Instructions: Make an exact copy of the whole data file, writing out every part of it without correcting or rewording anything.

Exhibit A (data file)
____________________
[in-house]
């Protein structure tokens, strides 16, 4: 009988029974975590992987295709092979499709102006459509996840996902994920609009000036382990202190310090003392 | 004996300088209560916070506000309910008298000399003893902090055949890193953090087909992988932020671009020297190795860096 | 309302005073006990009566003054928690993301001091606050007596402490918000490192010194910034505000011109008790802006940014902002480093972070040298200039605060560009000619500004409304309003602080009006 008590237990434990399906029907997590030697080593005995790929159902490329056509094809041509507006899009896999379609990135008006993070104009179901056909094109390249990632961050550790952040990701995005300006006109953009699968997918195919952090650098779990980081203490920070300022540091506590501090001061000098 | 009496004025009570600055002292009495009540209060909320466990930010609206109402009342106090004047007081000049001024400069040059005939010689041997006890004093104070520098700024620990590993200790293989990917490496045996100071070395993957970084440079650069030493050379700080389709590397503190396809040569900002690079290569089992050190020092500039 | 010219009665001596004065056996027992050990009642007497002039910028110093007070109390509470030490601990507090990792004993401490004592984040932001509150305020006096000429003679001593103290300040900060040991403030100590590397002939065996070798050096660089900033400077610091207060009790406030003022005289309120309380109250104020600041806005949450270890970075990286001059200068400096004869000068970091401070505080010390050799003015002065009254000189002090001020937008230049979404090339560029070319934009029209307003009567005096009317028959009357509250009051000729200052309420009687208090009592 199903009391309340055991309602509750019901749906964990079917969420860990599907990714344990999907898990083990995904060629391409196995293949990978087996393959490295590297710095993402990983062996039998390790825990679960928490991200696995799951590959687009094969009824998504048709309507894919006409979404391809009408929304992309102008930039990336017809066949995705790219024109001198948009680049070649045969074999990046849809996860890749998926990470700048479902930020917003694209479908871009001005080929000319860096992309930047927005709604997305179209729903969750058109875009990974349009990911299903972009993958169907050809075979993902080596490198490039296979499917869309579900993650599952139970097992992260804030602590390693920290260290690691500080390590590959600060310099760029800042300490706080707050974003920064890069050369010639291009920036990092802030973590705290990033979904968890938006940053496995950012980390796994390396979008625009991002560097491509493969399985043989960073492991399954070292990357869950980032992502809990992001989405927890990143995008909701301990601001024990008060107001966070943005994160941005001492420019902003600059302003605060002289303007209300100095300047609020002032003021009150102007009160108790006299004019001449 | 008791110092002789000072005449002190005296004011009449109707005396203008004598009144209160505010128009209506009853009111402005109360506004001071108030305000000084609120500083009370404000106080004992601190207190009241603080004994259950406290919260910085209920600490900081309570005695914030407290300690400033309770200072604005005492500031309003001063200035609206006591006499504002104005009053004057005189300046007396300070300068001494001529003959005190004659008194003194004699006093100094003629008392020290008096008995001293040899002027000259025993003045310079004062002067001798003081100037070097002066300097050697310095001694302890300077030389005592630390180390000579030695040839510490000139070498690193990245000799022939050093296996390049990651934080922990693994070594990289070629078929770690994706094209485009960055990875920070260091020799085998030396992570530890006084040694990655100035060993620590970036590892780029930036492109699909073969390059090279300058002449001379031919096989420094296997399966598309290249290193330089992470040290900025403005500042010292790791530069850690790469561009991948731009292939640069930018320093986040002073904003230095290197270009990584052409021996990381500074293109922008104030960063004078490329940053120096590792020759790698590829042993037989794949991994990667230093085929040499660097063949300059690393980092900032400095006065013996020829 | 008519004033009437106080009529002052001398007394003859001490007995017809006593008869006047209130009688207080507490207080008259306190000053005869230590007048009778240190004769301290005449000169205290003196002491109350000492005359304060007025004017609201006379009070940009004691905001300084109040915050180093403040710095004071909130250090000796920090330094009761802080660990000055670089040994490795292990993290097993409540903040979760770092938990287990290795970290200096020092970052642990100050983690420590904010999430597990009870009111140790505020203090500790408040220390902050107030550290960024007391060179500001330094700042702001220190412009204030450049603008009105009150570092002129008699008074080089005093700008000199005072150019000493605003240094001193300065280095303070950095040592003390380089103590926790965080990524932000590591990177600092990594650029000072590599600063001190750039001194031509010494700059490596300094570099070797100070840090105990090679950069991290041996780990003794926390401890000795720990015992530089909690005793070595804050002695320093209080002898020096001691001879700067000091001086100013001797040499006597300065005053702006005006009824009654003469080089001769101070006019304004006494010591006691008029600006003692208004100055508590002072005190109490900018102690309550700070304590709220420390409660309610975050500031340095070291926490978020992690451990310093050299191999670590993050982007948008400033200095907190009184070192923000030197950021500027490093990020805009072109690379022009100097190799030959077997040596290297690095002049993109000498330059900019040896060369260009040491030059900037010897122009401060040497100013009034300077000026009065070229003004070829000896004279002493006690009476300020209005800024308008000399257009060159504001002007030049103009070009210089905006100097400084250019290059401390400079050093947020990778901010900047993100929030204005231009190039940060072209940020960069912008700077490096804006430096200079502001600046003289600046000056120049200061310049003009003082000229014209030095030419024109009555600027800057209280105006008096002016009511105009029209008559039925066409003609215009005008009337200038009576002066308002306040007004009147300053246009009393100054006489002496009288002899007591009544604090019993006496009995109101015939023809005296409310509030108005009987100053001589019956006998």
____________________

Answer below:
[in-house]
């Protein structure tokens, strides 16, 4: 009988029974975590992987295709092979499709102006459509996840996902994920609009000036382990202190310090003392 | 004996300088209560916070506000309910008298000399003893902090055949890193953090087909992988932020671009020297190795860096 | 309302005073006990009566003054928690993301001091606050007596402490918000490192010194910034505000011109008790802006940014902002480093972070040298200039605060560009000619500004409304309003602080009006 008590237990434990399906029907997590030697080593005995790929159902490329056509094809041509507006899009896999379609990135008006993070104009179901056909094109390249990632961050550790952040990701995005300006006109953009699968997918195919952090650098779990980081203490920070300022540091506590501090001061000098 | 009496004025009570600055002292009495009540209060909320466990930010609206109402009342106090004047007081000049001024400069040059005939010689041997006890004093104070520098700024620990590993200790293989990917490496045996100071070395993957970084440079650069030493050379700080389709590397503190396809040569900002690079290569089992050190020092500039 | 010219009665001596004065056996027992050990009642007497002039910028110093007070109390509470030490601990507090990792004993401490004592984040932001509150305020006096000429003679001593103290300040900060040991403030100590590397002939065996070798050096660089900033400077610091207060009790406030003022005289309120309380109250104020600041806005949450270890970075990286001059200068400096004869000068970091401070505080010390050799003015002065009254000189002090001020937008230049979404090339560029070319934009029209307003009567005096009317028959009357509250009051000729200052309420009687208090009592 199903009391309340055991309602509750019901749906964990079917969420860990599907990714344990999907898990083990995904060629391409196995293949990978087996393959490295590297710095993402990983062996039998390790825990679960928490991200696995799951590959687009094969009824998504048709309507894919006409979404391809009408929304992309102008930039990336017809066949995705790219024109001198948009680049070649045969074999990046849809996860890749998926990470700048479902930020917003694209479908871009001005080929000319860096992309930047927005709604997305179209729903969750058109875009990974349009990911299903972009993958169907050809075979993902080596490198490039296979499917869309579900993650599952139970097992992260804030602590390693920290260290690691500080390590590959600060310099760029800042300490706080707050974003920064890069050369010639291009920036990092802030973590705290990033979904968890938006940053496995950012980390796994390396979008625009991002560097491509493969399985043989960073492991399954070292990357869950980032992502809990992001989405927890990143995008909701301990601001024990008060107001966070943005994160941005001492420019902003600059302003605060002289303007209300100095300047609020002032003021009150102007009160108790006299004019001449 | 008791110092002789000072005449002190005296004011009449109707005396203008004598009144209160505010128009209506009853009111402005109360506004001071108030305000000084609120500083009370404000106080004992601190207190009241603080004994259950406290919260910085209920600490900081309570005695914030407290300690400033309770200072604005005492500031309003001063200035609206006591006499504002104005009053004057005189300046007396300070300068001494001529003959005190004659008194003194004699006093100094003629008392020290008096008995001293040899002027000259025993003045310079004062002067001798003081100037070097002066300097050697310095001694302890300077030389005592630390180390000579030695040839510490000139070498690193990245000799022939050093296996390049990651934080922990693994070594990289070629078929770690994706094209485009960055990875920070260091020799085998030396992570530890006084040694990655100035060993620590970036590892780029930036492109699909073969390059090279300058002449001379031919096989420094296997399966598309290249290193330089992470040290900025403005500042010292790791530069850690790469561009991948731009292939640069930018320093986040002073904003230095290197270009990584052409021996990381500074293109922008104030960063004078490329940053120096590792020759790698590829042993037989794949991994990667230093085929040499660097063949300059690393980092900032400095006065013996020829 | 008519004033009437106080009529002052001398007394003859001490007995017809006593008869006047209130009688207080507490207080008259306190000053005869230590007048009778240190004769301290005449000169205290003196002491109350000492005359304060007025004017609201006379009070940009004691905001300084109040915050180093403040710095004071909130250090000796920090330094009761802080660990000055670089040994490795292990993290097993409540903040979760770092938990287990290795970290200096020092970052642990100050983690420590904010999430597990009870009111140790505020203090500790408040220390902050107030550290960024007391060179500001330094700042702001220190412009204030450049603008009105009150570092002129008699008074080089005093700008000199005072150019000493605003240094001193300065280095303070950095040592003390380089103590926790965080990524932000590591990177600092990594650029000072590599600063001190750039001194031509010494700059490596300094570099070797100070840090105990090679950069991290041996780990003794926390401890000795720990015992530089909690005793070595804050002695320093209080002898020096001691001879700067000091001086100013001797040499006597300065005053702006005006009824009654003469080089001769101070006019304004006494010591006691008029600006003692208004100055508590002072005190109490900018102690309550700070304590709220420390409660309610975050500031340095070291926490978020992690451990310093050299191999670590993050982007948008400033200095907190009184070192923000030197950021500027490093990020805009072109690379022009100097190799030959077997040596290297690095002049993109000498330059900019040896060369260009040491030059900037010897122009401060040497100013009034300077000026009065070229003004070829000896004279002493006690009476300020209005800024308008000399257009060159504001002007030049103009070009210089905006100097400084250019290059401390400079050093947020990778901010900047993100929030204005231009190039940060072209940020960069912008700077490096804006430096200079502001600046003289600046000056120049200061310049003009003082000229014209030095030419024109009555600027800057209280105006008096002016009511105009029209008559039925066409003609215009005008009337200038009576002066308002306040007004009147300053246009009393100054006489002496009288002899007591009544604090019993006496009995109101015939023809005296409310509030108005009987100053001589019956006998």